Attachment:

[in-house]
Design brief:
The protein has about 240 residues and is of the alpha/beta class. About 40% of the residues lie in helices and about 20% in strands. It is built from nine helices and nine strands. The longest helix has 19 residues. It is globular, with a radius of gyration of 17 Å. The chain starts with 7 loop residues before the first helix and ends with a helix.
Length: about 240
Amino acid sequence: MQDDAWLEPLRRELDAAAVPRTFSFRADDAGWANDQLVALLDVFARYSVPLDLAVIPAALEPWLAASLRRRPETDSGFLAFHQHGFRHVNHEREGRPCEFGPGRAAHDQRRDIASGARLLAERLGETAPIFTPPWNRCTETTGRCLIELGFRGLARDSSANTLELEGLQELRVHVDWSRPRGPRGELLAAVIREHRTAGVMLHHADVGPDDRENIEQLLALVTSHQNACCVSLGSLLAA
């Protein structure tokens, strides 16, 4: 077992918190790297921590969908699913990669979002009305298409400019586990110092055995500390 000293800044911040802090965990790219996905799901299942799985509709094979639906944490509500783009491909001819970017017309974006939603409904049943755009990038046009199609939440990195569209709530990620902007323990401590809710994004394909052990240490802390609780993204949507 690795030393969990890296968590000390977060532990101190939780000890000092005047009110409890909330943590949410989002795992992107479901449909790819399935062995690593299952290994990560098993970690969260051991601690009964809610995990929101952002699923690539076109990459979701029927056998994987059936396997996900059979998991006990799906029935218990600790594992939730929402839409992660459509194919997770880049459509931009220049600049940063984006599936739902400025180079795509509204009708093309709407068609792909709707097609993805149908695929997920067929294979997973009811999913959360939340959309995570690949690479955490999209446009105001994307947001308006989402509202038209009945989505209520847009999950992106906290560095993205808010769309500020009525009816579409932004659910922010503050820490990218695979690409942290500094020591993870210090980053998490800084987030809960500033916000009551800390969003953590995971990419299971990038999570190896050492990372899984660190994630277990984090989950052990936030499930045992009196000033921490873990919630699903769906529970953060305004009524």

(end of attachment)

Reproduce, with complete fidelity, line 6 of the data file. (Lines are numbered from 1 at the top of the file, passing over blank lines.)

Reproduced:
């Protein structure tokens, strides 16, 4: 077992918190790297921590969908699913990669979002009305298409400019586990110092055995500390 000293800044911040802090965990790219996905799901299942799985509709094979639906944490509500783009491909001819970017017309974006939603409904049943755009990038046009199609939440990195569209709530990620902007323990401590809710994004394909052990240490802390609780993204949507 690795030393969990890296968590000390977060532990101190939780000890000092005047009110409890909330943590949410989002795992992107479901449909790819399935062995690593299952290994990560098993970690969260051991601690009964809610995990929101952002699923690539076109990459979701029927056998994987059936396997996900059979998991006990799906029935218990600790594992939730929402839409992660459509194919997770880049459509931009220049600049940063984006599936739902400025180079795509509204009708093309709407068609792909709707097609993805149908695929997920067929294979997973009811999913959360939340959309995570690949690479955490999209446009105001994307947001308006989402509202038209009945989505209520847009999950992106906290560095993205808010769309500020009525009816579409932004659910922010503050820490990218695979690409942290500094020591993870210090980053998490800084987030809960500033916000009551800390969003953590995971990419299971990038999570190896050492990372899984660190994630277990984090989950052990936030499930045992009196000033921490873990919630699903769906529970953060305004009524």